There are hordes of good books in all fields of mathematics. What you need is something you can learn from, not only the best and most glorious of these books.
Books with so many problems and exercises with their hints and solutions are very appealing. But what you really need is a mature and deep grasp of basics and concepts. After all, that's all you need to tackle these exercises with even a surprising level ease and fun.
Analysis is among the most reachable fields in math after high school, and a fair amount of knowledge is required in most of the other fields for beginners.
I do understand the emphasis on solutions because we all deal with self study, at least sometimes, and solutions/hints are crucial to make an evaluation of your own work.
If you are really serious you will soon find out that what you really need are hints not solutions.
Needless to say, hints or solutions are supposed to be a last resort, when there seems to be no way out. Even then, a hint is better taken only partially. And by the way: when tackling problems, it is when there seems to be NO WAY OUT that the actual LEARNING process takes place.
I encourage you to take a deep look into The Trillia Group funded, and free, Zakon's books: Mathematical Analysis I which followed by another volume, but to get some basics, Basic Concepts of Mathematics might be a good place to start.
In the third mentioned book, this was mentioned:
Several years’ class testing led the author to these conclusions:
1 - The earlier such a course is given, the more time is gained in the follow- up courses, be it algebra, analysis or geometry. The longer students are taught “vague analysis”, the harder it becomes to get them used to rigorous proofs and formulations and the harder it is for them to get rid of the misconception that mathematics is just memorizing and manipulating some formulas.
2 - When teaching the course to freshmen, it is advisable to start with Sections 1–7 of Chapter 2, then pass to Chapter 3, leaving Chapter 1 and Sections 8–10 of Chapter 2 for the end. The students should be urged to preread the material to be taught next. (Freshmen must learn to read mathematics by rereading what initially seems “foggy” to them.) The teacher then may confine himself to a brief summary, and devote most of his time to solving as many problems (similar to those assigned) as possible. This is absolutely necessary.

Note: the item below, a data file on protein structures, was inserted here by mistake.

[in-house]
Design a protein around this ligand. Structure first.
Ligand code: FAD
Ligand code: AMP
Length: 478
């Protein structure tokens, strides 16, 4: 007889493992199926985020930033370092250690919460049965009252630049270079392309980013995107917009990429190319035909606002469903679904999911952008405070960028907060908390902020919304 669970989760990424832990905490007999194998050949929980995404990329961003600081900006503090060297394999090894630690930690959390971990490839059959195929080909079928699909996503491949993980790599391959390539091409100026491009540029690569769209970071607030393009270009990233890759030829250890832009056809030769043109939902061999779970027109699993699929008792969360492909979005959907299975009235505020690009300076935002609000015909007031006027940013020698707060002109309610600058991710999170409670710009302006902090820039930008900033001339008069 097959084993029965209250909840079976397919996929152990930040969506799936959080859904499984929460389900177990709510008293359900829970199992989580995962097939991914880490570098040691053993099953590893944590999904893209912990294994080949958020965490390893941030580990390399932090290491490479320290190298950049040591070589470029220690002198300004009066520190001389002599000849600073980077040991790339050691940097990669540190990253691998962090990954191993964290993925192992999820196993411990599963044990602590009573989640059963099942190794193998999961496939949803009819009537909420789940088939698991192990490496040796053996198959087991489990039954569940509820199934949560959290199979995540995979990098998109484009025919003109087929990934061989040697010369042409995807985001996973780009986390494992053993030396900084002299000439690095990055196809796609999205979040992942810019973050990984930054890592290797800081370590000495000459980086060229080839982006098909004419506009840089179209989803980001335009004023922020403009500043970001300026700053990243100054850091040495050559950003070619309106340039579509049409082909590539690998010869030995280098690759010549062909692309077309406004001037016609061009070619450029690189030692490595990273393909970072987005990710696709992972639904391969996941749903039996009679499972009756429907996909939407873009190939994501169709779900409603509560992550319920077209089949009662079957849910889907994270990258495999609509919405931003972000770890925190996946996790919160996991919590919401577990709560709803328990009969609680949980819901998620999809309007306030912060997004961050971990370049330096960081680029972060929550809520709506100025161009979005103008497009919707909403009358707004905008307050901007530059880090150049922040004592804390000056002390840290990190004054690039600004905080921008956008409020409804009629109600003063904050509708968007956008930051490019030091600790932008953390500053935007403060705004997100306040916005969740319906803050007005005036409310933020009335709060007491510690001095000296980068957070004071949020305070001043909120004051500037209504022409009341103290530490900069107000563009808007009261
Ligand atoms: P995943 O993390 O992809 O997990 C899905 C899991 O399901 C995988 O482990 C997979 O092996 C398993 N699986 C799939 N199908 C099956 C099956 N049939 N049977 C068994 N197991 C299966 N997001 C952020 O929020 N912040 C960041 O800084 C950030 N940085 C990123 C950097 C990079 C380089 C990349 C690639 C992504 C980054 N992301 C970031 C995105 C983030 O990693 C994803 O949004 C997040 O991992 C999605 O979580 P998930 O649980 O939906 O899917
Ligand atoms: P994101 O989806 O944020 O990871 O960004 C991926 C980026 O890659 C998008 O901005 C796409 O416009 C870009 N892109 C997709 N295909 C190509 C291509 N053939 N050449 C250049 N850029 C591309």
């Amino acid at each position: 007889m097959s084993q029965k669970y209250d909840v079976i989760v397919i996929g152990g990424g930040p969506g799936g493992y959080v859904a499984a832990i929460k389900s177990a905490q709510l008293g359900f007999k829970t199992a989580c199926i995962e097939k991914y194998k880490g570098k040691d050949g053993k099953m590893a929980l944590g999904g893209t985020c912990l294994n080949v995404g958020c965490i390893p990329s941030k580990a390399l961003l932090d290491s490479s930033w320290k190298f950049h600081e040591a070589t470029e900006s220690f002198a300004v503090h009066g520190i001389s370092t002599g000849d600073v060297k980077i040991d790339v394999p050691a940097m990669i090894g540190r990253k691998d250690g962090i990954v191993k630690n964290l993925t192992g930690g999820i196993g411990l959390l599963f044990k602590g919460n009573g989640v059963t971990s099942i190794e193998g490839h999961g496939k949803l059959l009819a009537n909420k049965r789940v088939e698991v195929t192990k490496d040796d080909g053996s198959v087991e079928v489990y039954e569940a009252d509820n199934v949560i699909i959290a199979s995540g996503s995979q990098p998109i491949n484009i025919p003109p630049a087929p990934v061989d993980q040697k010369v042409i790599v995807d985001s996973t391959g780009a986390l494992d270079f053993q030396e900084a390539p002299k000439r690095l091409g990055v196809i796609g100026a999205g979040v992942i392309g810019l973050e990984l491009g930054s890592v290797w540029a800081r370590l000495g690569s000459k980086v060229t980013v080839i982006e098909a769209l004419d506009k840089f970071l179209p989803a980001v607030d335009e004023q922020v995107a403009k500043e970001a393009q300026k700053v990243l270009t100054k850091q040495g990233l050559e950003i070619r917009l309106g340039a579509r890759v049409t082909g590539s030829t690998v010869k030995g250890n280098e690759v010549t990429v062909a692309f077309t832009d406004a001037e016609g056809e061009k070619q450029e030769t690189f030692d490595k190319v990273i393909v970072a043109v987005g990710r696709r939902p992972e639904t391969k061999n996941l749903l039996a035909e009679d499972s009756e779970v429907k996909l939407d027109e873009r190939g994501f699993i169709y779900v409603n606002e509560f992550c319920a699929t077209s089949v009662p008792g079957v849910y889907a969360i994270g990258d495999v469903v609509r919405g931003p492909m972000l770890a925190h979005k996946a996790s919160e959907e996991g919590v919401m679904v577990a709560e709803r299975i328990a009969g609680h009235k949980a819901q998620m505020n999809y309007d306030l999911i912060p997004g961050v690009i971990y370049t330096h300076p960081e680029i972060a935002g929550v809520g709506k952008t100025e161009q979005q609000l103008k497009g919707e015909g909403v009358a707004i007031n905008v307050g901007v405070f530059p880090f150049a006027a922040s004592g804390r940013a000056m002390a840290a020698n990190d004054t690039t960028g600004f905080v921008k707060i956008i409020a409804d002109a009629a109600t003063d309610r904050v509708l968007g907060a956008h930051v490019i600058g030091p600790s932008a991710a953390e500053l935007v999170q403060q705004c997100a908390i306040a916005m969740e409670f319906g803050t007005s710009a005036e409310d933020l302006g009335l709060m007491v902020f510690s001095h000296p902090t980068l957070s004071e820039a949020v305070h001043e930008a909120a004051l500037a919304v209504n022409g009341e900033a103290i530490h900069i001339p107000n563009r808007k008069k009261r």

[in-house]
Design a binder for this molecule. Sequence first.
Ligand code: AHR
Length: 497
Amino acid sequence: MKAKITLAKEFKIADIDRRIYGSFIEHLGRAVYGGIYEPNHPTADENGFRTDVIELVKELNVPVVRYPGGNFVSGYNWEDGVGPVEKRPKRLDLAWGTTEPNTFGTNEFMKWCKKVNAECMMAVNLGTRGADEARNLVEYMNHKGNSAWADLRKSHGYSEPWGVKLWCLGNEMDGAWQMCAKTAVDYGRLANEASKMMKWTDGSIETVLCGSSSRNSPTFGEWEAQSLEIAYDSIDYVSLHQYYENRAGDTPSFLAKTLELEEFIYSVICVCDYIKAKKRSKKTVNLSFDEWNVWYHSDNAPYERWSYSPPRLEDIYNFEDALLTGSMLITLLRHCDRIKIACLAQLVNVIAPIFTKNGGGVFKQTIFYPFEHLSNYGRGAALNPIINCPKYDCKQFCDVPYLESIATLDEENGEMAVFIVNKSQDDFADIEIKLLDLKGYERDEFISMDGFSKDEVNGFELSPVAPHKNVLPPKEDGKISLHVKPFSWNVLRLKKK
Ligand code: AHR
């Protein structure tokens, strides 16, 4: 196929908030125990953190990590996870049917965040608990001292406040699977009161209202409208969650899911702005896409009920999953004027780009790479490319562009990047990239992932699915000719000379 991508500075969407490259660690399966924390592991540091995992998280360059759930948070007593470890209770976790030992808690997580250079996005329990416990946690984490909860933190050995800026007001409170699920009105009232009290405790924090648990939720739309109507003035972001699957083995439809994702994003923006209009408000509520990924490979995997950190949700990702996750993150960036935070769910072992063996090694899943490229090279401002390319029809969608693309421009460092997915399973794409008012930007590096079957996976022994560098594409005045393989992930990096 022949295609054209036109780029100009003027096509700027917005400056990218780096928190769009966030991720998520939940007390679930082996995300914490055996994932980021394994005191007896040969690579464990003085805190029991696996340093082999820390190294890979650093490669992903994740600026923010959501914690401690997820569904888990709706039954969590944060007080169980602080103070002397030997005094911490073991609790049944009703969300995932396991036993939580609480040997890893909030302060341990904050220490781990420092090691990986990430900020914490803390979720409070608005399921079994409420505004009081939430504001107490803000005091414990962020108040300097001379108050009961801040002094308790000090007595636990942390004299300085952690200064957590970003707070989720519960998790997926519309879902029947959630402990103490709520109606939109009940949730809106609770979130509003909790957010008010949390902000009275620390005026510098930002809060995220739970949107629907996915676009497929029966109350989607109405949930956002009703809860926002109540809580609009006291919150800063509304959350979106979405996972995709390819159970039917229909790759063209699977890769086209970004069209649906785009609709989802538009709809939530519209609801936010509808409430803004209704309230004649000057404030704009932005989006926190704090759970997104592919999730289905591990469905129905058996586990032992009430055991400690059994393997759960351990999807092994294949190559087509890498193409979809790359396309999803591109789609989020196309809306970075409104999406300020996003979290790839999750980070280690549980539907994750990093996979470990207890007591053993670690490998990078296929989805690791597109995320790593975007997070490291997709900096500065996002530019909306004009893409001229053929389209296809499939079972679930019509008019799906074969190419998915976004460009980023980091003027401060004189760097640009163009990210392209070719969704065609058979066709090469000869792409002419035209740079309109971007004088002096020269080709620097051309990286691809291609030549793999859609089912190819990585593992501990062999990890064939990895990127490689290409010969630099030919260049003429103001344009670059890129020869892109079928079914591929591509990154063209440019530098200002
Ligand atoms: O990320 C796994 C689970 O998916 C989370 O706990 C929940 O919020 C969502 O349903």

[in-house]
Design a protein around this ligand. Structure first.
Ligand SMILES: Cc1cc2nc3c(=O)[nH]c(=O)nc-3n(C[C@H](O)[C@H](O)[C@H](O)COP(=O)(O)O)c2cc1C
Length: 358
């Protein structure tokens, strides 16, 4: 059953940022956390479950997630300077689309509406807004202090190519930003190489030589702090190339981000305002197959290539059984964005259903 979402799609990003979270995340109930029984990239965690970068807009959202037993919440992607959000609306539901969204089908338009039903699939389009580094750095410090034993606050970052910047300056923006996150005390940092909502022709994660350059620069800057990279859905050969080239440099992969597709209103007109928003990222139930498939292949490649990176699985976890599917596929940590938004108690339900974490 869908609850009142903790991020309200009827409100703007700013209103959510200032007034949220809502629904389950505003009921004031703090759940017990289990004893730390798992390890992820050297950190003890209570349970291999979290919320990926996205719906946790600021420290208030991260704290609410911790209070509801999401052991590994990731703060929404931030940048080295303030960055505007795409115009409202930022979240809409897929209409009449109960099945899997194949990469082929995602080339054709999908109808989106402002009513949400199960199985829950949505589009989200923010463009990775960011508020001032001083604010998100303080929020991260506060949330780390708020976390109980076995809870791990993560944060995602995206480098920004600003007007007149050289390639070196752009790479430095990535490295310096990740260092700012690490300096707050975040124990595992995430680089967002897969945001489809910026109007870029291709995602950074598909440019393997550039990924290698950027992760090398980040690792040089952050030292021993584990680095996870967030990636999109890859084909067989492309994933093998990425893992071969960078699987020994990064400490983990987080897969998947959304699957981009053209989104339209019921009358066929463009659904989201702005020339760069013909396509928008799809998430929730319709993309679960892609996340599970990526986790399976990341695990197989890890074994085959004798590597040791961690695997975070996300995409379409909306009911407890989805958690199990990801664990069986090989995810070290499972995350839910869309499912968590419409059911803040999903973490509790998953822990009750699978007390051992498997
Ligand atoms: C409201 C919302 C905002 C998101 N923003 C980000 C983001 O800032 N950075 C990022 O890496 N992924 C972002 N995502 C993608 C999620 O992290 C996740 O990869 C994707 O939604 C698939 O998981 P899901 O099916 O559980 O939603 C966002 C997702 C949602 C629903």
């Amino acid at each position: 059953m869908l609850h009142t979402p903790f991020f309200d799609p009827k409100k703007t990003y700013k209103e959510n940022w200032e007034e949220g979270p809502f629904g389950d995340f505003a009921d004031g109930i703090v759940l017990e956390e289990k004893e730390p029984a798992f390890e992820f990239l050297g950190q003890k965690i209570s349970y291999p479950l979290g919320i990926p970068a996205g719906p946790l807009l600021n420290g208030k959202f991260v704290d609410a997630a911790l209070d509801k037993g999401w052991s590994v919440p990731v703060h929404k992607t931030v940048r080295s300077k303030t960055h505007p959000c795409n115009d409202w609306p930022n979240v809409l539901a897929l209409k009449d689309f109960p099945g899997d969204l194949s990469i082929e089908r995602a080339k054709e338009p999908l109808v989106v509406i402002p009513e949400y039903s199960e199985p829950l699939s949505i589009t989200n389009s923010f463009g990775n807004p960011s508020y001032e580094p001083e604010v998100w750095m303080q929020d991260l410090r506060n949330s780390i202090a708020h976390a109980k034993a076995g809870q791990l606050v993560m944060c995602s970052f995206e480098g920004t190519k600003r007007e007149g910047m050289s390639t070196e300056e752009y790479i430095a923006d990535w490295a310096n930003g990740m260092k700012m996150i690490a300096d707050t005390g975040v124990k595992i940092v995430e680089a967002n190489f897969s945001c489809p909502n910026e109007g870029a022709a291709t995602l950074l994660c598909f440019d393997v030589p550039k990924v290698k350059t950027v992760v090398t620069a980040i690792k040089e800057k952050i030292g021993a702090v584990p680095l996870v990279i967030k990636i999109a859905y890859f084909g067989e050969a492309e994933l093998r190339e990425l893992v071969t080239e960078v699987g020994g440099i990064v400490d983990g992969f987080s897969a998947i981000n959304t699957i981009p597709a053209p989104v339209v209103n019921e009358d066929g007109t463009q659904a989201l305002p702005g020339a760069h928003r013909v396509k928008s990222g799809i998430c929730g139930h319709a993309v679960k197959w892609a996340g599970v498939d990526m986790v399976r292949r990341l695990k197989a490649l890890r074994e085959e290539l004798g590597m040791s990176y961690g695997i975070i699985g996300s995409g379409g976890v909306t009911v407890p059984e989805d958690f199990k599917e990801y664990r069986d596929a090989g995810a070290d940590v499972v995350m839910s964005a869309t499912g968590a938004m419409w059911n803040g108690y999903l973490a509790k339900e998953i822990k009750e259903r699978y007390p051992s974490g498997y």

3 - An early and constant use of logical quantifiers (even in the text) is extremely useful. Quantifiers are there to stay in mathematics.
4 - Motivations are necessary and good, provided they are brief and do not use terms that are not yet clear to students.
In the second book, this was mentioned:
Several years’ class testing led us to the following conclusions:
1 - Volume I can be (and was) taught even to sophomores, though they only gradually learn to read and state rigorous arguments. A sophomore often does not even know how to start a proof. The main stumbling block remains the ε, δ-procedure. As a remedy, we provide most exercises with explicit hints, sometimes with almost complete solutions, leaving only tiny “whys” to be answered.
2 - Motivations are good if they are brief and avoid terms not yet known. Diagrams are good if they are simple and appeal to intuition.
3 - Flexibility is a must. One must adapt the course to the level of the class. “Starred” sections are best deferred. (Continuity is not affected.)
4 -“Colloquial” language fails here. We try to keep the exposition rigorous and increasingly concise, but readable.
5 - It is advisable to make the students preread each topic and prepare questions in advance, to be answered in the context of the next lecture.
6 - Some topological ideas (such as compactness in terms of open coverings) are hard on the students. Trial and error led us to emphasize the sequential approach instead (Chapter 4, §6). “Coverings” are treated in Chapter 4, §7 (“starred”).
7 - To students unfamiliar with elements of set theory we recommend our Basic Concepts of Mathematics for supplementary reading. (At Windsor, this text was used for a preparatory first-year one-semester course.) The first two chapters and the first ten sections of Chapter 3 of the present text are actually summaries of the corresponding topics of the author’s Basic Concepts of Mathematics, to which we also relegate such topics as the construction of the real number system, etc.
I did not take these points very seriously, until I started reading and working on it.
It is hard to find yourself completely stuck somewhere: it seems that all have been packed for a person who is learning on his own. Hints are provided whenever needed. In many occasions there are questions like "...Why?" which help in following the text rigorously.